Under the proposals being consulted on, a cap on social housing rent increases would be put in place for the coming financial year, with options at 3%, 5% and 7% being considered.
- Social rent cap proposed to support tenants with cost of living
- Move could save households £300 per year and provide financial stability for 4 million families
- Part of government’s efforts to support most vulnerable households
A consultation has been launched Wednesday 31st August 2022 to invite views from social housing tenants and landlords on a proposed rent cap to understand how best to support households with the cost of living.
Under the proposals, a cap on social housing rent increases would be put in place for the coming financial year, with options at 3%, 5% and 7% being considered.
The move would prevent rents for council and housing association houses from rising significantly, saving tenants an average £300 per year and providing stability as inflation rises.
The government regulates how much social housing rents can increase each year. Currently this is set at up to the consumer price index (CPI) rate plus 1% – meaning potential increases next year of 11% in line with recent Bank of England forecasts.
The proposed new cap will help support the most vulnerable households in the face of cost-of-living pressures. This comes on top of our existing £37 billion support package, which includes a £150 council tax rebate, a £400 energy bill discount to support households over the coming months and the most vulnerable 8 million households receiving support of at least £1,200.
We must protect the most vulnerable households in these exceptional circumstances during the year ahead. Putting a cap on rent increases for social tenants offers security and stability to families across England.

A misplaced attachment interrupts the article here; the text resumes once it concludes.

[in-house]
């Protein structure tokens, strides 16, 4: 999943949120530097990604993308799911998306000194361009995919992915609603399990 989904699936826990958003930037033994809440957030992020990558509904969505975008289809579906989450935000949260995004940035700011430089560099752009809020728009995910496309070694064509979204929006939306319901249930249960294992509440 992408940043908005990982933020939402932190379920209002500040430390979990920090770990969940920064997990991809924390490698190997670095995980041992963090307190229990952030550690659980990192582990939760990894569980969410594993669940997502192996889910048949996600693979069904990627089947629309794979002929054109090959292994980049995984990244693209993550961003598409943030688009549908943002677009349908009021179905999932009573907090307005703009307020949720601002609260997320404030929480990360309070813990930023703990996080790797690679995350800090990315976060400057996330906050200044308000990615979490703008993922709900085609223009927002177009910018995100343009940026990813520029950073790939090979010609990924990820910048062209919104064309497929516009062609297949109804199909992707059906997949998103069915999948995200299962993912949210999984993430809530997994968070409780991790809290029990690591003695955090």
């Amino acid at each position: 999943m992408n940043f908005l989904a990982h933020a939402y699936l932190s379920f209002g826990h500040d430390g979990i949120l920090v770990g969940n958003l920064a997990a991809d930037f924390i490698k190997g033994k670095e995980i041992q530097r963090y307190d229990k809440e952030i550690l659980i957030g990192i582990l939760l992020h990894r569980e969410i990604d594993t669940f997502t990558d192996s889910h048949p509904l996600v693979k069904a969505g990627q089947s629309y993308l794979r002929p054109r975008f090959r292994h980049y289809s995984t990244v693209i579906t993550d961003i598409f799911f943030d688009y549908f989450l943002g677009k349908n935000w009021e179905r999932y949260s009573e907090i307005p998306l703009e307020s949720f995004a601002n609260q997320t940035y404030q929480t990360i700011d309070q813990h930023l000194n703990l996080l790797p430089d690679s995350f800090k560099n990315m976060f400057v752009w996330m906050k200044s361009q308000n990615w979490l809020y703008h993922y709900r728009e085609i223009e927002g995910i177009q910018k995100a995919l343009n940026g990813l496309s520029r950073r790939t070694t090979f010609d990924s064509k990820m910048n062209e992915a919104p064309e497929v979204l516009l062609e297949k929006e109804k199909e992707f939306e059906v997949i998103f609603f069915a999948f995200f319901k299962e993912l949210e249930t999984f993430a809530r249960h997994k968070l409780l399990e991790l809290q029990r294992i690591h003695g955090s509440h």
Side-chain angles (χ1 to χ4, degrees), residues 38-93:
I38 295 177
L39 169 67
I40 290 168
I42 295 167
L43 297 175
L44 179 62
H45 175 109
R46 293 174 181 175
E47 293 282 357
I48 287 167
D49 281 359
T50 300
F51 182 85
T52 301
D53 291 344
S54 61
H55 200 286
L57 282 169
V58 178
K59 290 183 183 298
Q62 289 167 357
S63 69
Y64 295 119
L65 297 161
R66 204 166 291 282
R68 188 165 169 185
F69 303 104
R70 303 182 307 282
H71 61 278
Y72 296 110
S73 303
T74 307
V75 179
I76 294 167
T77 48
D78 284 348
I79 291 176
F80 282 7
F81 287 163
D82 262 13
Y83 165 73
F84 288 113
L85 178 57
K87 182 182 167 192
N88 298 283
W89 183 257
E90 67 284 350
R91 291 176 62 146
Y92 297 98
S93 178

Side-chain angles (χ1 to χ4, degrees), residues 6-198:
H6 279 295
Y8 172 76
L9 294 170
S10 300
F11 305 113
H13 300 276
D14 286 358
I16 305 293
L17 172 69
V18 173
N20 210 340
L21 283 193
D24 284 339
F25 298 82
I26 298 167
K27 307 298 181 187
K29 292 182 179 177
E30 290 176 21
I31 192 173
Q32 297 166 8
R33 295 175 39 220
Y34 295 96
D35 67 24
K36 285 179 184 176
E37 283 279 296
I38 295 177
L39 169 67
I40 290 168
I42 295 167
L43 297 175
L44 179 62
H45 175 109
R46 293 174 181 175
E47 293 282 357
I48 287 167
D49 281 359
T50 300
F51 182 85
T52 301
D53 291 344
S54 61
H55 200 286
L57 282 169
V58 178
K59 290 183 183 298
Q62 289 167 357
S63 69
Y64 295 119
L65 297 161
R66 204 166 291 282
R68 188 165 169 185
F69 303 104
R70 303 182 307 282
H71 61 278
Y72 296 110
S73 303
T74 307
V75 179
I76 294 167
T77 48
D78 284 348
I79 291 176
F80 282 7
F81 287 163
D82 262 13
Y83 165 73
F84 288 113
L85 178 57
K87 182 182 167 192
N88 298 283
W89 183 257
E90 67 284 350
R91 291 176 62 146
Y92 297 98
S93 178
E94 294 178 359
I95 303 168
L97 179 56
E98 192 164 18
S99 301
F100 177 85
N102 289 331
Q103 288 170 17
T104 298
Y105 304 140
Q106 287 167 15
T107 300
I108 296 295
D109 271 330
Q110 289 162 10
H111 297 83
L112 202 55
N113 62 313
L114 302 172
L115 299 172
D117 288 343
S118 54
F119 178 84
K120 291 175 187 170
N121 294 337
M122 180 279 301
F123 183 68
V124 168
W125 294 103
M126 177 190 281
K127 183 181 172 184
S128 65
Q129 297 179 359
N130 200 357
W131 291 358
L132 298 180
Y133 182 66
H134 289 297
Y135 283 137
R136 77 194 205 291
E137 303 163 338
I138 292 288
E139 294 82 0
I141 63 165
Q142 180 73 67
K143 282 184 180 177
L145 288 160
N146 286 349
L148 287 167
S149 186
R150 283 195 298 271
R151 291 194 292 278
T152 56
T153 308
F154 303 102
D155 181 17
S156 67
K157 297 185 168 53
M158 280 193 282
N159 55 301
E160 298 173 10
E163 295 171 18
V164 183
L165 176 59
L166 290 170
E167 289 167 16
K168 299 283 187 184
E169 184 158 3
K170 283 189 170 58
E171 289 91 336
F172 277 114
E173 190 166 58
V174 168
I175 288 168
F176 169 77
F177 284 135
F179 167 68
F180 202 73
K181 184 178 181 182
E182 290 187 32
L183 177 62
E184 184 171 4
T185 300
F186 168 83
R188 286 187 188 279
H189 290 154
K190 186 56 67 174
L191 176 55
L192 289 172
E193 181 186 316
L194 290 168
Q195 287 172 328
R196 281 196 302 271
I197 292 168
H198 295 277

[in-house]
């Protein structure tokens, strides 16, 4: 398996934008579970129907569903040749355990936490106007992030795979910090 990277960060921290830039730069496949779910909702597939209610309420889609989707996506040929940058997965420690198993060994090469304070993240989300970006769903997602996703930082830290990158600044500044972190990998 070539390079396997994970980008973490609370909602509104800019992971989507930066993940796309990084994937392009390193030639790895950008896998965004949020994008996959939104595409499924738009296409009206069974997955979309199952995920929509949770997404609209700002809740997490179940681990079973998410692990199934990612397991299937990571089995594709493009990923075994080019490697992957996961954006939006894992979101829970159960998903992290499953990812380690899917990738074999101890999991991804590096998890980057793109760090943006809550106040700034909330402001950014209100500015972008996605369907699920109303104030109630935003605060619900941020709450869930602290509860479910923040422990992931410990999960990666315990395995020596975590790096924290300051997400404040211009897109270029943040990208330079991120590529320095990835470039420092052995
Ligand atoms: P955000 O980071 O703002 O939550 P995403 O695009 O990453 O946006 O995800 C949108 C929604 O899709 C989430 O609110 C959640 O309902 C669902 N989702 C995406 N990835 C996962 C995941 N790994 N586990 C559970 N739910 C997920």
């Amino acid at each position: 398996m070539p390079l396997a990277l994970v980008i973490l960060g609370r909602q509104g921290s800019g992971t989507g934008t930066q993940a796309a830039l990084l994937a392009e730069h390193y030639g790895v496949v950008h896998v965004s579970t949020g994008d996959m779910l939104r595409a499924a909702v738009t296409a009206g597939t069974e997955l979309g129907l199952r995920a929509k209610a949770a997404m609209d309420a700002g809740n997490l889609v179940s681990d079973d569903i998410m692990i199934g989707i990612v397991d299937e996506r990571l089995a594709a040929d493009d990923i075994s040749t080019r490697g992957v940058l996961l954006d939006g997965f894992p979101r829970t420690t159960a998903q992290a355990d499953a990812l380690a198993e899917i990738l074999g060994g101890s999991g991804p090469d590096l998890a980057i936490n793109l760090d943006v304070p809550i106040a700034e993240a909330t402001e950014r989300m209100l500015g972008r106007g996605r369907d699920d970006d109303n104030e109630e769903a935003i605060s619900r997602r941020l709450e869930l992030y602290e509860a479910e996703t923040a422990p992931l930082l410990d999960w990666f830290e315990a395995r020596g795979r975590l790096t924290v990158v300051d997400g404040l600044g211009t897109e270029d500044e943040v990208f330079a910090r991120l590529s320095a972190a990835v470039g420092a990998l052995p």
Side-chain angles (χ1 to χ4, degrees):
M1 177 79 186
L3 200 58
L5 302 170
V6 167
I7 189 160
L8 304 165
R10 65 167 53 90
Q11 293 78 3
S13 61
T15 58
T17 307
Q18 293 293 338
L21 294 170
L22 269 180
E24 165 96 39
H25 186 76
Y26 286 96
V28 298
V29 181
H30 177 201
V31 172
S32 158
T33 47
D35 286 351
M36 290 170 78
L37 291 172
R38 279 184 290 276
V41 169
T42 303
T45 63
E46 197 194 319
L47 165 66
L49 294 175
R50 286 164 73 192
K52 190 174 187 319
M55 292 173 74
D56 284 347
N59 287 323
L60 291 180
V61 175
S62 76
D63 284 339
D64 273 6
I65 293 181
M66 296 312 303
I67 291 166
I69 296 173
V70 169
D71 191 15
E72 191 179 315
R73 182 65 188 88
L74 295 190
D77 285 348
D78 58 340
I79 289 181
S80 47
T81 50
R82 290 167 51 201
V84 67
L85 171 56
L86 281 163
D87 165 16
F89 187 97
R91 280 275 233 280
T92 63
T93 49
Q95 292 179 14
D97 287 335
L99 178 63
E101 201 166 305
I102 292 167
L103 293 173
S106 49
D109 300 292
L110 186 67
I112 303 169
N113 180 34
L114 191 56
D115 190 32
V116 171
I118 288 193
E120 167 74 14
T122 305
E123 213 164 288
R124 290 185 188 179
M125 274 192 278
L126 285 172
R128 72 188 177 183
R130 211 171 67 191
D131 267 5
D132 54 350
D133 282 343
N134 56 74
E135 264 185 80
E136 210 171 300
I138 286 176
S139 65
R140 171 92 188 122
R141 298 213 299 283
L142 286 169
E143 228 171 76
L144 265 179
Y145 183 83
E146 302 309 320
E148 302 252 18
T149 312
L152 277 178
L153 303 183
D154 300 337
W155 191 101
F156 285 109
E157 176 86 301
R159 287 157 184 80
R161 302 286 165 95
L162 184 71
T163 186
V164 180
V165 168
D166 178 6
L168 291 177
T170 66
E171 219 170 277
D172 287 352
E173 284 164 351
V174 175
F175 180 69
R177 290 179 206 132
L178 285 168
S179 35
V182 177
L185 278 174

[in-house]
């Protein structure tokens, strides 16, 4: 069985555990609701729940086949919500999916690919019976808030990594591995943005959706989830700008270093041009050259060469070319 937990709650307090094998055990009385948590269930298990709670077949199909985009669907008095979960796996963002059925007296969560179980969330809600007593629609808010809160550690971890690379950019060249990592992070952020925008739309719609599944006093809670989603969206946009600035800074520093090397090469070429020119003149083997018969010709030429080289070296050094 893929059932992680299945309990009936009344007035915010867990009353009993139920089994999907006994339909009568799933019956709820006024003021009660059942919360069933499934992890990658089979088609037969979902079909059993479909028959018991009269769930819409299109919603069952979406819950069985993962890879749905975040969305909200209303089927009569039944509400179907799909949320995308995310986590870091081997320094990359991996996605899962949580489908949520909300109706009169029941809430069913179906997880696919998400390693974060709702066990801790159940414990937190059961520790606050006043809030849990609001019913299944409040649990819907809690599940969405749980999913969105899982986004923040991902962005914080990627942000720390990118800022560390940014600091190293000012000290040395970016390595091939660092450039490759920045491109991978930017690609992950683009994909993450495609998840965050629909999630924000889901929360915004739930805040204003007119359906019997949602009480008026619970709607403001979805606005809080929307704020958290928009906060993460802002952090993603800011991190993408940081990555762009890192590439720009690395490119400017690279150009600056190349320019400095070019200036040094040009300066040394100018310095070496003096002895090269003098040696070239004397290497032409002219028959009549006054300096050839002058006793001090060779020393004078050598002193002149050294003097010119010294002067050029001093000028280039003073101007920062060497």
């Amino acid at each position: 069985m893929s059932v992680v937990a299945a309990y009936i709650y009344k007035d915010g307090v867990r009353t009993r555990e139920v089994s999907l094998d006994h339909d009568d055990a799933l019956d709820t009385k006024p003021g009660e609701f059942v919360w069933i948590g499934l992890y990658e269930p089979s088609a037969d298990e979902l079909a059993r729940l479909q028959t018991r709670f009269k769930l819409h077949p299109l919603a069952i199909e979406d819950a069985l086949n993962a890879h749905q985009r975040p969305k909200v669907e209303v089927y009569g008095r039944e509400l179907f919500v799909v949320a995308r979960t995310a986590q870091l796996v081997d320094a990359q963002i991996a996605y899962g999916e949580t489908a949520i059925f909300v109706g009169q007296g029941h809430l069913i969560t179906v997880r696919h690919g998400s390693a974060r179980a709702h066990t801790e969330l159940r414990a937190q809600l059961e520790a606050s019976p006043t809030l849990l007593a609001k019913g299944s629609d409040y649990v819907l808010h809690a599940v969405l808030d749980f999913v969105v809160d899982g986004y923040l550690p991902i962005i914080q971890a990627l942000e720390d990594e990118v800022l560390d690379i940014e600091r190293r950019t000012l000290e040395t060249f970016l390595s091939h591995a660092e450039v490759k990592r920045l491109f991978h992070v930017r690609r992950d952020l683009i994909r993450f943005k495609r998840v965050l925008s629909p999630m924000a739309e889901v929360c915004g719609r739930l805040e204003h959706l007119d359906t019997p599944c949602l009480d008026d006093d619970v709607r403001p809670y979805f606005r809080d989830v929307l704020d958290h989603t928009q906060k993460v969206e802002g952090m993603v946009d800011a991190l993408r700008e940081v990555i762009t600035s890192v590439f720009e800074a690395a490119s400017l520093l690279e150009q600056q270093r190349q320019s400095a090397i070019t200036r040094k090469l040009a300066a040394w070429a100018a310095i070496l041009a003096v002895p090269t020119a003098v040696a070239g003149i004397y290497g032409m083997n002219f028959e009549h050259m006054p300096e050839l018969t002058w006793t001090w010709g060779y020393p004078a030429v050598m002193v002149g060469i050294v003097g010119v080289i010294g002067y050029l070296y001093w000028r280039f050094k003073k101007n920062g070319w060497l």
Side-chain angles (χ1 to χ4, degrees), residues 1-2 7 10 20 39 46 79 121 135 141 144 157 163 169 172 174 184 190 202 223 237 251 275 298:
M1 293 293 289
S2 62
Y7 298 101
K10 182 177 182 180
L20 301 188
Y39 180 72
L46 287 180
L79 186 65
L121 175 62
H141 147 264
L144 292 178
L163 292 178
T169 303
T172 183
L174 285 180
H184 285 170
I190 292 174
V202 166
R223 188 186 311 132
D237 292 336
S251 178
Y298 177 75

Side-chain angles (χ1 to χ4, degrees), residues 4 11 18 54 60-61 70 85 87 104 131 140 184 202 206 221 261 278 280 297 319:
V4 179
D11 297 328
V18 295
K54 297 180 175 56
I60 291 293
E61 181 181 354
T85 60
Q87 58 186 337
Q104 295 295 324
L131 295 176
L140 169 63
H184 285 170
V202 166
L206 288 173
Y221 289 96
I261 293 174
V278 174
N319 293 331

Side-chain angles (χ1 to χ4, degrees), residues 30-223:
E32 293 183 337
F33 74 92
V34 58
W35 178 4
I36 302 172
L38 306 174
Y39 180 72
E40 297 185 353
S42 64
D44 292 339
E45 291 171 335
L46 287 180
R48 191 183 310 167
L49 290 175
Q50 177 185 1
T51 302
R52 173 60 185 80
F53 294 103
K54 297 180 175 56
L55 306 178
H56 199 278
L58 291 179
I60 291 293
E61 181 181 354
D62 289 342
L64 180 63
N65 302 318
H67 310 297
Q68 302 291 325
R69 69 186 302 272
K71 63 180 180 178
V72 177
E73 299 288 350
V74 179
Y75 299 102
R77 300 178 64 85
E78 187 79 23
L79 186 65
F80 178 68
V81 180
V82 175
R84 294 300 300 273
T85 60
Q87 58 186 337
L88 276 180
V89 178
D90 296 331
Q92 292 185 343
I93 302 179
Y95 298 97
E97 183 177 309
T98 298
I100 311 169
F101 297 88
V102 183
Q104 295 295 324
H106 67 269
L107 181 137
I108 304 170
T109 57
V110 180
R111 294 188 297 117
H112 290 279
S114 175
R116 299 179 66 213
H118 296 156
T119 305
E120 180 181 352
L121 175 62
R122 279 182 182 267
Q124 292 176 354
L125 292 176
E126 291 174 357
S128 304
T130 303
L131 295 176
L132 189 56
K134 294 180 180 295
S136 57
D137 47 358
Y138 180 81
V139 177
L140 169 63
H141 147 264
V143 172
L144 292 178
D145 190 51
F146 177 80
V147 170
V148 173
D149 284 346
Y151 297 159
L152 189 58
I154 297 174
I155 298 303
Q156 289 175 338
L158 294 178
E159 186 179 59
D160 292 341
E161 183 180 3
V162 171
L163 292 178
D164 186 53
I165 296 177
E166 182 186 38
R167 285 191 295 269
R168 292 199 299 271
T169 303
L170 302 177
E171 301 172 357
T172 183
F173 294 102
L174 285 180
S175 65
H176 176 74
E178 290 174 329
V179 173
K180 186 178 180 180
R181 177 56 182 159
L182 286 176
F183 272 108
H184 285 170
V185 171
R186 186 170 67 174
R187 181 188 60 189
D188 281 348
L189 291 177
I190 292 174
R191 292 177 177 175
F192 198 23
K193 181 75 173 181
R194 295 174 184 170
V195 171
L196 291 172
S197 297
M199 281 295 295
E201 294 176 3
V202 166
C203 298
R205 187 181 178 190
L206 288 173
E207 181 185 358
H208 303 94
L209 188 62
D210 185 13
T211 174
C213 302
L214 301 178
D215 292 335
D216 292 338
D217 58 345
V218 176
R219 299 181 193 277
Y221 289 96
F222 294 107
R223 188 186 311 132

We know many people are worried about the months ahead. We want to hear from landlords and social tenants on how we can make this work and support the people that need it most.
The rent cap would be temporary and would apply from 1 April 2023 to 31 March 2024. The consultation also seeks views on whether to set a limit for 2024-25. The government understands this will impact social housing landlords and is engaging fully with the sector.
Following the consultation, a final decision will be announced later this year, to make sure social housing landlords have enough time to factor this into their rent decisions for April 2023.
The government is also committing to reviewing social rent policy beyond 2025, via a separate consultation due to be launched next year.
Today’s announcement is part of measures the government has put in place to support the most vulnerable households with the cost of living.
This is in addition to the £11.5 billion investment to build more affordable, quality homes through the Affordable Homes Programme.
- CPI was 10.1% in July 2022. If CPI remains at or above this level in September this will permit social housing rent increases of 11.1% (or more) from 1st April 2023 to 31st March 2024.
- The consultation closes on 12th October 2022.
- Following the consultation period, the Secretary of State will direct the Regulator of Social Housing on rent standards, confirming the maximum amount social housing landlords can increase rents by for 1st April 2023 to 31st March 2024.